Editor’s Note: Who is the wisest of them all? Who is more dedicated to your pleasure than anyone on earth? Who can help you when you’re going online for the first time to find love; or when your lover’s children hate you; or when you want to strangle your husband? Why, the Love Goddess, of course. She promises nothing less than celestial wisdom, heavenly sex, divine dating. Read on …
The New York Times recently reported a list of “money disorders” burgeoning as we find ourselves reeling from the economic news. Overspending is rampant, but so, apparently, are other “problem financial behaviors,” such as underspending (hoarding, as if we were in a depression); serial borrowing (we all know what that is); financial enabling (giving too much money to adult kids, who are then not motivated to make their own) and so forth. People from all over the monetary map have these problems —including Wynona Judd, who used to buy, she claims, too many cars and Harleys, but now has her verhicle issues under control. But here’s what struck me, since of course I’m always fascinated by new data about love: A “problem financial behavior” psychologists have named “financial infidelity” — or “cheating on a spouse by spending and lying about it.”
Please. By that definition, we’re all harlots. Ragingly unfaithful Jezebels. Unless you’re married to a guy who knows — really knows — retail, what woman in her right mind tells her spouse, over a nice roast chicken dinner, “Darling, guess what? The Prada bag I had my eye on was reduced to $1100, but I didn’t succumb; instead I spent a mere $400 at Coach,” as though the guy wouldn’t still fall face-first into that chicken. Because most men don’t see the $400 as a good deal, assuming as they do that handbags cost what they did in the ’80s (that is, if they ever even thought about it) and that pretty much any purse in the galaxy could be had for less than, oh, a hundred bucks. Does a man who hasn’t bought a shirt for himself since the Vietnam War know what a nice dress shirt costs? A tie? (I tear off tags when I buy my man clothes, egregious cheat that I am, because otherwise he wouldn’t wear it and I would have to live with someone who walks around in tattered stuff from eons ago — and I do mean eons ago.) How about announcing to him what a sweet little pair of women’s boots (not designer, even) for fall cost? Or a moisturizer, for that matter?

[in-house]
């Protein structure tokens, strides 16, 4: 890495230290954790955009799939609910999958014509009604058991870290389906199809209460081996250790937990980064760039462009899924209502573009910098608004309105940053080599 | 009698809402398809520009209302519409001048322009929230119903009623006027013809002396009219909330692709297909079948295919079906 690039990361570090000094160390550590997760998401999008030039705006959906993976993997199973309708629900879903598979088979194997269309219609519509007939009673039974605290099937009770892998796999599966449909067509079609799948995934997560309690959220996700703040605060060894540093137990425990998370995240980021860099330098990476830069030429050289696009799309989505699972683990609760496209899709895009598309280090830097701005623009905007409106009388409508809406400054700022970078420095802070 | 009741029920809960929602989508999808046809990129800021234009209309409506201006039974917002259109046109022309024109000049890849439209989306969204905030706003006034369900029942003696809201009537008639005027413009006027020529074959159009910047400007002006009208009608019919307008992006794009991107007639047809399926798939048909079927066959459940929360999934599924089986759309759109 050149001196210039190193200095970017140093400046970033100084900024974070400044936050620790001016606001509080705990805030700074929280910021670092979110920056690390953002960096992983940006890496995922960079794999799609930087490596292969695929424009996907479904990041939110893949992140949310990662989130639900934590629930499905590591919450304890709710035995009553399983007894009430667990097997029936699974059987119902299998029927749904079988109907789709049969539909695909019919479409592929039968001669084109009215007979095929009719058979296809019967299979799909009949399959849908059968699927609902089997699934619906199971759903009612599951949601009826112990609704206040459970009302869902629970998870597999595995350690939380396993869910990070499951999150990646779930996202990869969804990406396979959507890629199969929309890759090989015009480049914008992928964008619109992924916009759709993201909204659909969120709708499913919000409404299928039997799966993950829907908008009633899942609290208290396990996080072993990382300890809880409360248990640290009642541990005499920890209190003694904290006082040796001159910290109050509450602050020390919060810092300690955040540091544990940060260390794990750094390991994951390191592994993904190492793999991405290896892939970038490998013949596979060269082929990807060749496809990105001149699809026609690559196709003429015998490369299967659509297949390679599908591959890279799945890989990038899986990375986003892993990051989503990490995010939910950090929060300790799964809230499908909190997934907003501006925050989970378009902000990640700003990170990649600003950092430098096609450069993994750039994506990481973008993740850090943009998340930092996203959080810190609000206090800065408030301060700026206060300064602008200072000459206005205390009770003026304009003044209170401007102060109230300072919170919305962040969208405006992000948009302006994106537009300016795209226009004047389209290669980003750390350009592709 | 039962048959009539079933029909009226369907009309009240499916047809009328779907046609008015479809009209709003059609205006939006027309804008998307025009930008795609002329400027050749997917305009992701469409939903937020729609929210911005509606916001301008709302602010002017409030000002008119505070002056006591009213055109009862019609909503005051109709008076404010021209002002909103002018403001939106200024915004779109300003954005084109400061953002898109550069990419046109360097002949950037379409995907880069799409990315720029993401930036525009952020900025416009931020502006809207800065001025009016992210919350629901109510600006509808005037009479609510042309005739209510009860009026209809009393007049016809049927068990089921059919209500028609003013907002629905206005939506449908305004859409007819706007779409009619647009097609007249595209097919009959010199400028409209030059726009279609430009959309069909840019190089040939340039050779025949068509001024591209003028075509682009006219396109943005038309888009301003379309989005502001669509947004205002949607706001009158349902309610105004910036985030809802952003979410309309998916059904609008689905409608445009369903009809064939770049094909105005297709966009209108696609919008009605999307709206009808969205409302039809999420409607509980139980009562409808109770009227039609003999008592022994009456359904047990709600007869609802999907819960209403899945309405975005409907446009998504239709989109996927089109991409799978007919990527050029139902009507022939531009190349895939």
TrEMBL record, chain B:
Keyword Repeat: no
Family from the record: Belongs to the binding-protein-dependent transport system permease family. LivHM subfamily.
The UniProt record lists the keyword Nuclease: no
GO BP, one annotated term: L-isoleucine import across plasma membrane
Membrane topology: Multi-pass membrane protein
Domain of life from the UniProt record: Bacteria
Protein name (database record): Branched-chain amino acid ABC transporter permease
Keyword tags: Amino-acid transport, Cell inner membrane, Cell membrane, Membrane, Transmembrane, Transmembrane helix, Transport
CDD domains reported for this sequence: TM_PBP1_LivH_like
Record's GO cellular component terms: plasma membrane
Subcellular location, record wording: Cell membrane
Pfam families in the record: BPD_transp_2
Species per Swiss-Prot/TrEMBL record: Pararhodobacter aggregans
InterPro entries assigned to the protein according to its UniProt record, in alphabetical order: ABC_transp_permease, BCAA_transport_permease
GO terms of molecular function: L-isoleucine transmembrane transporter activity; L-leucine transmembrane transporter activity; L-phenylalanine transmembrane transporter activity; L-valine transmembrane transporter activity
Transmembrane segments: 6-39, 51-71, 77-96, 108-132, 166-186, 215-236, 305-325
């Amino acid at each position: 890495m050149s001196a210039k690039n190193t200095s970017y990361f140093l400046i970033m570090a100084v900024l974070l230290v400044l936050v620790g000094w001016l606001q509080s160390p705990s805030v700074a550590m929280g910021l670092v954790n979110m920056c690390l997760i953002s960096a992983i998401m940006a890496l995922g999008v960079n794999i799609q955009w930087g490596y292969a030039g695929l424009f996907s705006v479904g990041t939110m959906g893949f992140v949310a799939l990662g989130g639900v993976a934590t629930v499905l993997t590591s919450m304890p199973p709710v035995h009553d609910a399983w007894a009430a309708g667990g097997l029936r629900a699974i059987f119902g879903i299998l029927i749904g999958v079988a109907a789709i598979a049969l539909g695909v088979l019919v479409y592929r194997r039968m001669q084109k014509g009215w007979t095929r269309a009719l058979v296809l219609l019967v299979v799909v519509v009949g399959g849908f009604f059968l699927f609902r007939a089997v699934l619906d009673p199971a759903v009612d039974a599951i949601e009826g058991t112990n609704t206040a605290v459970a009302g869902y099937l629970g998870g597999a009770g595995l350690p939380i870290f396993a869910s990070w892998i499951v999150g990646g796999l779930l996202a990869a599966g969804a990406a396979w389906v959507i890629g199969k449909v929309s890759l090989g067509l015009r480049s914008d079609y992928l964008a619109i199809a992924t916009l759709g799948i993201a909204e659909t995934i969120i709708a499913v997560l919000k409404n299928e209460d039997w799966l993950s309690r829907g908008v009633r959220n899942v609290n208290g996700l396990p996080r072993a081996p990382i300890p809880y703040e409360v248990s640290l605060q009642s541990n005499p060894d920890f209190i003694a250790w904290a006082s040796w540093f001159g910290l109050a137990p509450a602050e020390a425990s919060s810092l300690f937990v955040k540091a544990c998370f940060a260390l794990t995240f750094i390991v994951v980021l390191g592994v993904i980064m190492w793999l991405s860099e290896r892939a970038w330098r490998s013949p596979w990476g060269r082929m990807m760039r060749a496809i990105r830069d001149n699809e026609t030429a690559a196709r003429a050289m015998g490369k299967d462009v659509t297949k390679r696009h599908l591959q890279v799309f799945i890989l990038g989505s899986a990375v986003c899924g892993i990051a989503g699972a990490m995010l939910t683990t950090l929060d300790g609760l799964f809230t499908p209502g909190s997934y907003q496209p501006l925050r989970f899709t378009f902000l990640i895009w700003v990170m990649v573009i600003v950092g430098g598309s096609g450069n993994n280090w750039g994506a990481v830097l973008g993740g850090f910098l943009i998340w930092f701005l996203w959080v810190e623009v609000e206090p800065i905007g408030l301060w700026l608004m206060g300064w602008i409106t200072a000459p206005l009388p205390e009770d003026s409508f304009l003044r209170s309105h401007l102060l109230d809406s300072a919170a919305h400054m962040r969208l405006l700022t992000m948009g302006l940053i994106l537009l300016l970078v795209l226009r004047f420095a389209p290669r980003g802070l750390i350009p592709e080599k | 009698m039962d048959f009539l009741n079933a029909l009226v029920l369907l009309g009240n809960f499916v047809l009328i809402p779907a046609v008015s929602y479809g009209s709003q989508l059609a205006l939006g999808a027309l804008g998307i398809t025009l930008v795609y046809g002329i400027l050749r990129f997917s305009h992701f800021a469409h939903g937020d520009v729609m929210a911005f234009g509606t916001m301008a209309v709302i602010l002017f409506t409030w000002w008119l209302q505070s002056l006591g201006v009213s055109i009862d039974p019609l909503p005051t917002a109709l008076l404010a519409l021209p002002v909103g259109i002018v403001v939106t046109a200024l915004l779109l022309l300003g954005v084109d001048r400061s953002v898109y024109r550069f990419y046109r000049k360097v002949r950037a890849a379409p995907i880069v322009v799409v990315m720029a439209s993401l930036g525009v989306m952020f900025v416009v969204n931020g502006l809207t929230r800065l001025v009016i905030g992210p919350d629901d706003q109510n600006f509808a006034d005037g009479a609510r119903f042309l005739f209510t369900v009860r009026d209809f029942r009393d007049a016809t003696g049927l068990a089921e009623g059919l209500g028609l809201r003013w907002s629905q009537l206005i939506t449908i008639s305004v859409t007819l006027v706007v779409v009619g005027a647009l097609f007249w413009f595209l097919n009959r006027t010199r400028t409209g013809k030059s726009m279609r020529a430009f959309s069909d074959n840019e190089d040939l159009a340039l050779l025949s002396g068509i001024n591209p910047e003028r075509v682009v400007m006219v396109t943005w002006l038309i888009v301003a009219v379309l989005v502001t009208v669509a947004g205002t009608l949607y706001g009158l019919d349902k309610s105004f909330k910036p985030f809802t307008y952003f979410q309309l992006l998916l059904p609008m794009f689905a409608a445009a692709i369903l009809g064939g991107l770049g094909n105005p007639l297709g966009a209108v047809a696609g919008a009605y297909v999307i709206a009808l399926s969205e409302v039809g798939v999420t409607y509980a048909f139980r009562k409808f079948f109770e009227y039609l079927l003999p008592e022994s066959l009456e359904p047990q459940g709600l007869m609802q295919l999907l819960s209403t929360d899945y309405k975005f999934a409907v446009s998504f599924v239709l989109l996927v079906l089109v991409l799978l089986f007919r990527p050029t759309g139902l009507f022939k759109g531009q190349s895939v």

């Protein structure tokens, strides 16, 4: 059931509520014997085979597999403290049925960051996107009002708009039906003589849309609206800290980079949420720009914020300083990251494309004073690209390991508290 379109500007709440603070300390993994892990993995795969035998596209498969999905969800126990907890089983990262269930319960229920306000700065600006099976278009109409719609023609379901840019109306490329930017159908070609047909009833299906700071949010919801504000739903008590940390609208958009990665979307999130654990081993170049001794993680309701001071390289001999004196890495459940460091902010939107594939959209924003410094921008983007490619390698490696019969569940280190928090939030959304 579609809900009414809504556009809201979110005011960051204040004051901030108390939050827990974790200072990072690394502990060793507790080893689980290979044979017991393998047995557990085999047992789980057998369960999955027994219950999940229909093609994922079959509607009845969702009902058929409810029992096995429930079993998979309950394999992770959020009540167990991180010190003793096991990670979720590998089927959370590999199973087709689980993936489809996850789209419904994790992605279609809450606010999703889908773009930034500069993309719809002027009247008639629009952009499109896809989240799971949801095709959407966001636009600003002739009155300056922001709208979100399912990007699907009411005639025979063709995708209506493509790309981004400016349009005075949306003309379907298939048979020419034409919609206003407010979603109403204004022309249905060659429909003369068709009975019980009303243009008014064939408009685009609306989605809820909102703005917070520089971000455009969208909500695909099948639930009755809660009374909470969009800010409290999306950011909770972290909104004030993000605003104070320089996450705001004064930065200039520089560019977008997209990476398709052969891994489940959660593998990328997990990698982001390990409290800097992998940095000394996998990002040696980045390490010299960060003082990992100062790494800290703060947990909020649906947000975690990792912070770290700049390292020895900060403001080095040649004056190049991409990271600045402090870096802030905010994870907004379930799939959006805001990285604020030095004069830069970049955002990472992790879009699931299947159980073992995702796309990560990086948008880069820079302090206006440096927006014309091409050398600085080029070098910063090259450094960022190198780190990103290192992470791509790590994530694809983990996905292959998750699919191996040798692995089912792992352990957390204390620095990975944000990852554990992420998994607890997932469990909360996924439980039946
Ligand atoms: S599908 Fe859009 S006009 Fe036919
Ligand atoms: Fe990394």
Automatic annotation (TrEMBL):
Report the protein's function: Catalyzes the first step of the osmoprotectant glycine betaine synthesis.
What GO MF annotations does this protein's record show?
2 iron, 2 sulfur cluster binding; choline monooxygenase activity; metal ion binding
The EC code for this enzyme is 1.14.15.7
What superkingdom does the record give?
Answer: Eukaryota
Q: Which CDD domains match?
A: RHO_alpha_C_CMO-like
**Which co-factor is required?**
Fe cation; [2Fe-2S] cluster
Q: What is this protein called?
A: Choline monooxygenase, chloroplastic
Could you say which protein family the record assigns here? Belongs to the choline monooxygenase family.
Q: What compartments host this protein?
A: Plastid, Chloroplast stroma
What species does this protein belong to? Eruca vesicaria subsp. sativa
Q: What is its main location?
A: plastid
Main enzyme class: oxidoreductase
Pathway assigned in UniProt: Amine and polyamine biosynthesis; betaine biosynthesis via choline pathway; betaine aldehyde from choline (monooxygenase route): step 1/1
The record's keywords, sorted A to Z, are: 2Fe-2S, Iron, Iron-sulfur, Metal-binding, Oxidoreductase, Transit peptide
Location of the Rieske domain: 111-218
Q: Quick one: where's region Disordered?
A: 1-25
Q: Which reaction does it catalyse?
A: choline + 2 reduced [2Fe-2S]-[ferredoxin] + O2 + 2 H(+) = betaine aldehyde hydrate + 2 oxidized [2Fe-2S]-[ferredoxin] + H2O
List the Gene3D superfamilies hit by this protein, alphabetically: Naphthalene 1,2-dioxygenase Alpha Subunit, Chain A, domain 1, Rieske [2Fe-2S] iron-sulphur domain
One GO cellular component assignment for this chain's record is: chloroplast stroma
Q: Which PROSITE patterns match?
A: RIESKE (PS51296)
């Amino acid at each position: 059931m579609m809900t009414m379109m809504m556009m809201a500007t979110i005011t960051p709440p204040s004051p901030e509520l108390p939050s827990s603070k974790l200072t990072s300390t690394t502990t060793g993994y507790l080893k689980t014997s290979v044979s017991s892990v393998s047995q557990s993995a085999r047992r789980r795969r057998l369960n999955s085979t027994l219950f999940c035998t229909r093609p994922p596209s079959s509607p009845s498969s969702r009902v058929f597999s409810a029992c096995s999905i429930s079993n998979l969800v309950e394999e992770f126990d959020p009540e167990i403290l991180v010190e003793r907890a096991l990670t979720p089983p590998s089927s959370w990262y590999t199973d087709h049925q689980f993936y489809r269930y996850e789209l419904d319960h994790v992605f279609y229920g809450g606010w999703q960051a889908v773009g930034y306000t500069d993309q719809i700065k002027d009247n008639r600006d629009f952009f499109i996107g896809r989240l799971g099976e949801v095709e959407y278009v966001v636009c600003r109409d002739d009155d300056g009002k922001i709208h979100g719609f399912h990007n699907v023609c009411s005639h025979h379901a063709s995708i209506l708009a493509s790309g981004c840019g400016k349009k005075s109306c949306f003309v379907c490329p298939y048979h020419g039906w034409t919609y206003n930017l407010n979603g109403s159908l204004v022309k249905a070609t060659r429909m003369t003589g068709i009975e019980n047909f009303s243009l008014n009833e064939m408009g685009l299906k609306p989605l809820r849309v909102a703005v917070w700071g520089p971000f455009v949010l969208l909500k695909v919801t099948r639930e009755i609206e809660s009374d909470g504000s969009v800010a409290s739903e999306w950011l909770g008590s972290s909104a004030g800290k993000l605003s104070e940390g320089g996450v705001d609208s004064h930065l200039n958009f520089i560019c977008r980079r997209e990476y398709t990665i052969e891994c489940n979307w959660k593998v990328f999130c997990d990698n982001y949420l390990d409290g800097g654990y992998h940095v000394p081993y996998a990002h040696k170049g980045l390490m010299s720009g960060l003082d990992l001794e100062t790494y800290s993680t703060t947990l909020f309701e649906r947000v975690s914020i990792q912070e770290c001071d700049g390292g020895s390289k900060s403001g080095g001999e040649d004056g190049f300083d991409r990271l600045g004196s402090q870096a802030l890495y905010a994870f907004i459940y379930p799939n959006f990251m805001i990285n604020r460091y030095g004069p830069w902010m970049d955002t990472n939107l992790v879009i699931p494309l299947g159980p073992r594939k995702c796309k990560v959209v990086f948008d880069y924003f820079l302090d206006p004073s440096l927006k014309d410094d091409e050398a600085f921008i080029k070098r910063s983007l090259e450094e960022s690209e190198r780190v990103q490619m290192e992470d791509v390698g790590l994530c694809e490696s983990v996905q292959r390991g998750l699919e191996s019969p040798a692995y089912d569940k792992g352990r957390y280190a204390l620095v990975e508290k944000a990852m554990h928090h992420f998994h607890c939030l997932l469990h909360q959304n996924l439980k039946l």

I mean, look, the idea of hundreds and thousands of dollars on clothing and cosmetics repels us all. But men emphatically don’t get the maintenance thing — and never have. So why talk about any of it if you can afford (literally) not to? If you must confess, perhaps do what a friend of mine does: “I report exactly half of what the item costs — which is just what it should cost!” so that her husband can rest happily in the world of shoulds in which he resides and has no desire to depart.
Discretion, in retail as in love, isn’t deceit. So don’t call this “infidelity,” please. Which psychological issue is worse: Hiding the price of certain things, or causing a nervous breakdown? I rest my case.
Have you ever lied about cost of a dress or a handbag to your significant other? Tell us about it below.
Like all savvy goddesses, The Love Goddess has her own blog, which can be visited by clicking here.